Retailers look to workers, not tech, to handle holiday rush

Holiday retail shopping
Many retailers are looking to staff, not automation, for help with the holiday rush.

Midmarket retailers and wholesalers are at a disadvantage when it comes to meeting the holiday demands versus online and retail giants. 

Many omnichannel retailers will struggle to meet the demands of holiday overload due to lack of automation, according to a survey by Brightpearl, a provider of retail management systems. And a weak process will lead to a poor customer retail experience. 

Of the 350 senior retail decision-makers surveyed for the report, 53% believe they can be competitive by hiring extra staff and 17% by extending store hours.

On average, the respondents plan to fill 98 seasonal full-time jobs, and the top 50% will hire 190 holiday workers. According to Brightpearl's calculations, this will amount to about $312,816 per company when considering additional holiday wages. The data points out that this calculation does not include taxes, training new staff or extended work hours for existing staff. 

Another 40% of retailers will expand their inventory to prepare for peak periods. 

But technology does not seem at the forefront of retailers' concerns, as only 35% of respondents are "very likely" to adopt new technology to help streamline back-office and inventory processes. In total, 58% of retailer decision-makers will invest in technology to manage busy periods. 

RELATED: 90% of employees see value in automation

"For the majority of businesses that experience peak volumes, net profit margin takes a dive when their order volumes increase, and therefore they dread the holiday season," Derek O'Carroll, CEO at Brightpearl told FierceRetail. "It doesn’t have to be this way, as technology is here to scale with you and ensure profit stays as high as it can be without jeopardizing customer service, even during the peak season. There are various workflows that retailers could consider automating, which would save them money this holiday season, including workflows such as order management, inventory, order fulfillment, e-marketing and integrated purchase ordering."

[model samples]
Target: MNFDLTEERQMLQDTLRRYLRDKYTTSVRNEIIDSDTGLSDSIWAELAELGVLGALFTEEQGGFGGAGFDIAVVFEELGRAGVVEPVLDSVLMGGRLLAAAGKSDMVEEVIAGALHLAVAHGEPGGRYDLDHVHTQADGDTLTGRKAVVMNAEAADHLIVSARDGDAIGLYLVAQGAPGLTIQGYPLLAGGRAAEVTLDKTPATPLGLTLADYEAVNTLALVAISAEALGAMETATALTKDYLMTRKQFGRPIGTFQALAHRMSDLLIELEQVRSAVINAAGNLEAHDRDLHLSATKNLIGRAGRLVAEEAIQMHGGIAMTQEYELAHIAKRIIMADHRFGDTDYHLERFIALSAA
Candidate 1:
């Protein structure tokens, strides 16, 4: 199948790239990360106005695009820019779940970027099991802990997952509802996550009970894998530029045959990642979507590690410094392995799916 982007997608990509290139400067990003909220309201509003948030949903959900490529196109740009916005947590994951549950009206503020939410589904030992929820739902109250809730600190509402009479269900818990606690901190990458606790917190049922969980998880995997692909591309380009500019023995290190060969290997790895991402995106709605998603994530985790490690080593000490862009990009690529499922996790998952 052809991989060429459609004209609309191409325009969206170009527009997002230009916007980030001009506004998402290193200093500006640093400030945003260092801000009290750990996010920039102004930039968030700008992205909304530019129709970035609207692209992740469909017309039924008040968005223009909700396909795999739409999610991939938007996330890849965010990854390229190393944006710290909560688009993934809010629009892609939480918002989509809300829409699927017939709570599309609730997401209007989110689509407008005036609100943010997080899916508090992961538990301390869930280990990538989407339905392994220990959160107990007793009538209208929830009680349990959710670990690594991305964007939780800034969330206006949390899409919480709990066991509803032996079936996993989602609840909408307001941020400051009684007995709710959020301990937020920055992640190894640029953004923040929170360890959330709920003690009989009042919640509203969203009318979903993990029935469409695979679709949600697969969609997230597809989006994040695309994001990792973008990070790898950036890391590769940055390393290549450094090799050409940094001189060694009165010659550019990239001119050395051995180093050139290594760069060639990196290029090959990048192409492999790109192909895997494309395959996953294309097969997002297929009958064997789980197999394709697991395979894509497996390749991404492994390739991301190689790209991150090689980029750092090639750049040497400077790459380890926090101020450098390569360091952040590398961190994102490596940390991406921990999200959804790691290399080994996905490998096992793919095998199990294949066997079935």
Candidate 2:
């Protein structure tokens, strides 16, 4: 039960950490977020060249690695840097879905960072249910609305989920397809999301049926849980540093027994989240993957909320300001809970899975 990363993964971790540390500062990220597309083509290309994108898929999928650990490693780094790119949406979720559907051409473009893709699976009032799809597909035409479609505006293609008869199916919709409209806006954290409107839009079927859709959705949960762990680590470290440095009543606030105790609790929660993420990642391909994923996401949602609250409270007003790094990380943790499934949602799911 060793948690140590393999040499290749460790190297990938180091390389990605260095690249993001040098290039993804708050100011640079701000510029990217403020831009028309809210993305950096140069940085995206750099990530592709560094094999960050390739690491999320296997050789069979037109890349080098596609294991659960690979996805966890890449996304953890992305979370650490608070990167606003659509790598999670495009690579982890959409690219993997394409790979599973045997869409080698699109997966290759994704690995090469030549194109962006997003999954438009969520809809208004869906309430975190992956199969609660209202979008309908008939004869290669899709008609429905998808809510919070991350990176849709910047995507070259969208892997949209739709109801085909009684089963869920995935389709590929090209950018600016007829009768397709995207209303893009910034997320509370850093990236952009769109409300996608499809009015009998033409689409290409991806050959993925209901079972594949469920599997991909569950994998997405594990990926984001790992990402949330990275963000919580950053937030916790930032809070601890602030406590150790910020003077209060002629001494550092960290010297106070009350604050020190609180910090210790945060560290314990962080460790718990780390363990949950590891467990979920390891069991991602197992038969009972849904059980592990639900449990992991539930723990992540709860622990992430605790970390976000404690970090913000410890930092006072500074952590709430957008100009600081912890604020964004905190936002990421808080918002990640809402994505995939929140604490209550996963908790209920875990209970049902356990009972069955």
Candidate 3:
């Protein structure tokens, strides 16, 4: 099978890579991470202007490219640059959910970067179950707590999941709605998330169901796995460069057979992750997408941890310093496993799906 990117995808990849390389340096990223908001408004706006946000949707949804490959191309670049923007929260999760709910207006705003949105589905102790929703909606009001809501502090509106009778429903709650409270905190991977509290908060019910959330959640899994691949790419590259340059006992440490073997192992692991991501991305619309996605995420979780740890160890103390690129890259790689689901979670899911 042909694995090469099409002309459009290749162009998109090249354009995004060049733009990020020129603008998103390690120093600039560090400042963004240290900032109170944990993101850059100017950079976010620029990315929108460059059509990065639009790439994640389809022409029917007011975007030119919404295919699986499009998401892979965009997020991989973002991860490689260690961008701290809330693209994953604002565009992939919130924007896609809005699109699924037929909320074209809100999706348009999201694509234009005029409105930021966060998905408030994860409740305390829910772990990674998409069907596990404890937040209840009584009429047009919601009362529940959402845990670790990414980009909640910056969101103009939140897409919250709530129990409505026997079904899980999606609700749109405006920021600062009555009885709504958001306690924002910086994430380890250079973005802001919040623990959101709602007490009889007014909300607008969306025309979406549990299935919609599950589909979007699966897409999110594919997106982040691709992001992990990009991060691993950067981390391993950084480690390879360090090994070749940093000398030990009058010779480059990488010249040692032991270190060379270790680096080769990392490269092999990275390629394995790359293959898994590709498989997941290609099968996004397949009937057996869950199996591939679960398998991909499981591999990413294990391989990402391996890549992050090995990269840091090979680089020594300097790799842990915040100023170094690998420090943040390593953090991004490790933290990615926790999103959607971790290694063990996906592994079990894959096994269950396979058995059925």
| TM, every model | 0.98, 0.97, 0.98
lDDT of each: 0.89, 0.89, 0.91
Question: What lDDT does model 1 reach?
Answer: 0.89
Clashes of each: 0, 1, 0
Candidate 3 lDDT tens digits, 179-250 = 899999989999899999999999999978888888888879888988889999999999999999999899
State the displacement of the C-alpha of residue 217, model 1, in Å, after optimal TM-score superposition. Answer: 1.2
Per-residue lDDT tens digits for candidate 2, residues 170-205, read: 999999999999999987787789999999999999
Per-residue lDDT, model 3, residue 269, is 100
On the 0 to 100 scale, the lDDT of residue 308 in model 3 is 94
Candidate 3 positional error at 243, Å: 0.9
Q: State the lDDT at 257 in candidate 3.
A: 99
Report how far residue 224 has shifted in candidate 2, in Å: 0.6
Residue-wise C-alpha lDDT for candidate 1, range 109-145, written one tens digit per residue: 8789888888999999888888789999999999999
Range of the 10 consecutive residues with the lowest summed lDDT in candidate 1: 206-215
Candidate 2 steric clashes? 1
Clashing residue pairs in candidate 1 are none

According to Brightpearl research, automation technology helps retailers save 57.5 days a year usually spent on administrative tasks. In addition, the likelihood of bad customer service is reduced by 65% through technology. 

Still, retailers are reluctant to implement change, especially when they are unaware of how easy it can be to incorporate new technology into their existing processes.

RELATED: Retail jobs at risk in the face of automation

"However, the awareness of how companies like Amazon are constantly innovating through technology is convincing many more midsized retailers that technology, like automation, is now essential for survival," O'Carroll added. "Those retailers who do adopt technology will be better placed to meet customer expectations this holiday season while seeing their business running more smoothly—that’s a great position to be in as we head into the busiest period of the year."

Suggested Articles

Costco changes up its menu items, and Alibaba and Guess partner for a physical store.

Janey Whiteside, Walmart's new chief customer officer, is well acquainted with the importance of customer service in modern retail.

Whole Foods will offer deals on Amazon's Prime Day, and tariffs against China are causing pricing hikes.